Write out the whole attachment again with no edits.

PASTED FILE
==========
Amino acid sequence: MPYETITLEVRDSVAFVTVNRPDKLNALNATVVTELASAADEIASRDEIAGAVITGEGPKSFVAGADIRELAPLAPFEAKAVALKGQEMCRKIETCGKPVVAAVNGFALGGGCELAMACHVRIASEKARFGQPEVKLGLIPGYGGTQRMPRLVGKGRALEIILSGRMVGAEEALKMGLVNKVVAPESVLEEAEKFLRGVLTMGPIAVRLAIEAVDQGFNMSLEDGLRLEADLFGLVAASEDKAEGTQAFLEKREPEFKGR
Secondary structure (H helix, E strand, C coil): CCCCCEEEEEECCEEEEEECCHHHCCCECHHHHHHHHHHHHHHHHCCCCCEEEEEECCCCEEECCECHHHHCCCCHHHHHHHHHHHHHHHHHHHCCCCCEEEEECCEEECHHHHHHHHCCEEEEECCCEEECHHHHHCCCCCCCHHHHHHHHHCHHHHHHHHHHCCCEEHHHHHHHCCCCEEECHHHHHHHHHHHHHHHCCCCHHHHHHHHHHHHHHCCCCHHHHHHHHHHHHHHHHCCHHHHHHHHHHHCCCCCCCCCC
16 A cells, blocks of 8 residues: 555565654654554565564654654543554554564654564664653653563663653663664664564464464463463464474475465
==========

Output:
Amino acid sequence: MPYETITLEVRDSVAFVTVNRPDKLNALNATVVTELASAADEIASRDEIAGAVITGEGPKSFVAGADIRELAPLAPFEAKAVALKGQEMCRKIETCGKPVVAAVNGFALGGGCELAMACHVRIASEKARFGQPEVKLGLIPGYGGTQRMPRLVGKGRALEIILSGRMVGAEEALKMGLVNKVVAPESVLEEAEKFLRGVLTMGPIAVRLAIEAVDQGFNMSLEDGLRLEADLFGLVAASEDKAEGTQAFLEKREPEFKGR
Secondary structure (H helix, E strand, C coil): CCCCCEEEEEECCEEEEEECCHHHCCCECHHHHHHHHHHHHHHHHCCCCCEEEEEECCCCEEECCECHHHHCCCCHHHHHHHHHHHHHHHHHHHCCCCCEEEEECCEEECHHHHHHHHCCEEEEECCCEEECHHHHHCCCCCCCHHHHHHHHHCHHHHHHHHHHCCCEEHHHHHHHCCCCEEECHHHHHHHHHHHHHHHCCCCHHHHHHHHHHHHHHCCCCHHHHHHHHHHHHHHHHCCHHHHHHHHHHHCCCCCCCCCC
16 A cells, blocks of 8 residues: 555565654654554565564654654543554554564654564664653653563663653663664664564464464463463464474475465